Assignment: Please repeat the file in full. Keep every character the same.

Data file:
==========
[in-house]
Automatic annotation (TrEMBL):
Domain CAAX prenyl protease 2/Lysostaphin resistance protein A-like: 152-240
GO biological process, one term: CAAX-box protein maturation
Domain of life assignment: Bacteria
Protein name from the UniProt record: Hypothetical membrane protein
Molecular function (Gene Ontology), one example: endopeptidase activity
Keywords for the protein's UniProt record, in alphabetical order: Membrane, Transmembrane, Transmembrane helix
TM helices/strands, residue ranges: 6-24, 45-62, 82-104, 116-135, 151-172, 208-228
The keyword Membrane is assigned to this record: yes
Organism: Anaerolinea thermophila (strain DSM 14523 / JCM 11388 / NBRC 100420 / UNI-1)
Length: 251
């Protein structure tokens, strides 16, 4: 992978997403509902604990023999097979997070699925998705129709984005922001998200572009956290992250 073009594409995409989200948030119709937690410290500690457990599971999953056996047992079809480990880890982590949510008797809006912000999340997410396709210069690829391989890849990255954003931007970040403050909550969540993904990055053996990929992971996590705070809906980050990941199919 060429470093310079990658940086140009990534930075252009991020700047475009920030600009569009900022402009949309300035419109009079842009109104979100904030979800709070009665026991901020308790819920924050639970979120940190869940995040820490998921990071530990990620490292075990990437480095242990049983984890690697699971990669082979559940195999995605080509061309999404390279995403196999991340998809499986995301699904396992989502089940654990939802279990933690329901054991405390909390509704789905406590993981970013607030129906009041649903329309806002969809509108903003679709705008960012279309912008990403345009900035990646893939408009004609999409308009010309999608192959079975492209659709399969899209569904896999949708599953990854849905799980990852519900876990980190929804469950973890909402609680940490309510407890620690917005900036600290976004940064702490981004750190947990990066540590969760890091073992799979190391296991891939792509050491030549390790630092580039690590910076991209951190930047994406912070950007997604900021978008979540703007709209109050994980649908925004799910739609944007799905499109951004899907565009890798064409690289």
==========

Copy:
[in-house]
Automatic annotation (TrEMBL):
Domain CAAX prenyl protease 2/Lysostaphin resistance protein A-like: 152-240
GO biological process, one term: CAAX-box protein maturation
Domain of life assignment: Bacteria
Protein name from the UniProt record: Hypothetical membrane protein
Molecular function (Gene Ontology), one example: endopeptidase activity
Keywords for the protein's UniProt record, in alphabetical order: Membrane, Transmembrane, Transmembrane helix
TM helices/strands, residue ranges: 6-24, 45-62, 82-104, 116-135, 151-172, 208-228
The keyword Membrane is assigned to this record: yes
Organism: Anaerolinea thermophila (strain DSM 14523 / JCM 11388 / NBRC 100420 / UNI-1)
Length: 251
């Protein structure tokens, strides 16, 4: 992978997403509902604990023999097979997070699925998705129709984005922001998200572009956290992250 073009594409995409989200948030119709937690410290500690457990599971999953056996047992079809480990880890982590949510008797809006912000999340997410396709210069690829391989890849990255954003931007970040403050909550969540993904990055053996990929992971996590705070809906980050990941199919 060429470093310079990658940086140009990534930075252009991020700047475009920030600009569009900022402009949309300035419109009079842009109104979100904030979800709070009665026991901020308790819920924050639970979120940190869940995040820490998921990071530990990620490292075990990437480095242990049983984890690697699971990669082979559940195999995605080509061309999404390279995403196999991340998809499986995301699904396992989502089940654990939802279990933690329901054991405390909390509704789905406590993981970013607030129906009041649903329309806002969809509108903003679709705008960012279309912008990403345009900035990646893939408009004609999409308009010309999608192959079975492209659709399969899209569904896999949708599953990854849905799980990852519900876990980190929804469950973890909402609680940490309510407890620690917005900036600290976004940064702490981004750190947990990066540590969760890091073992799979190391296991891939792509050491030549390790630092580039690590910076991209951190930047994406912070950007997604900021978008979540703007709209109050994980649908925004799910739609944007799905499109951004899907565009890798064409690289």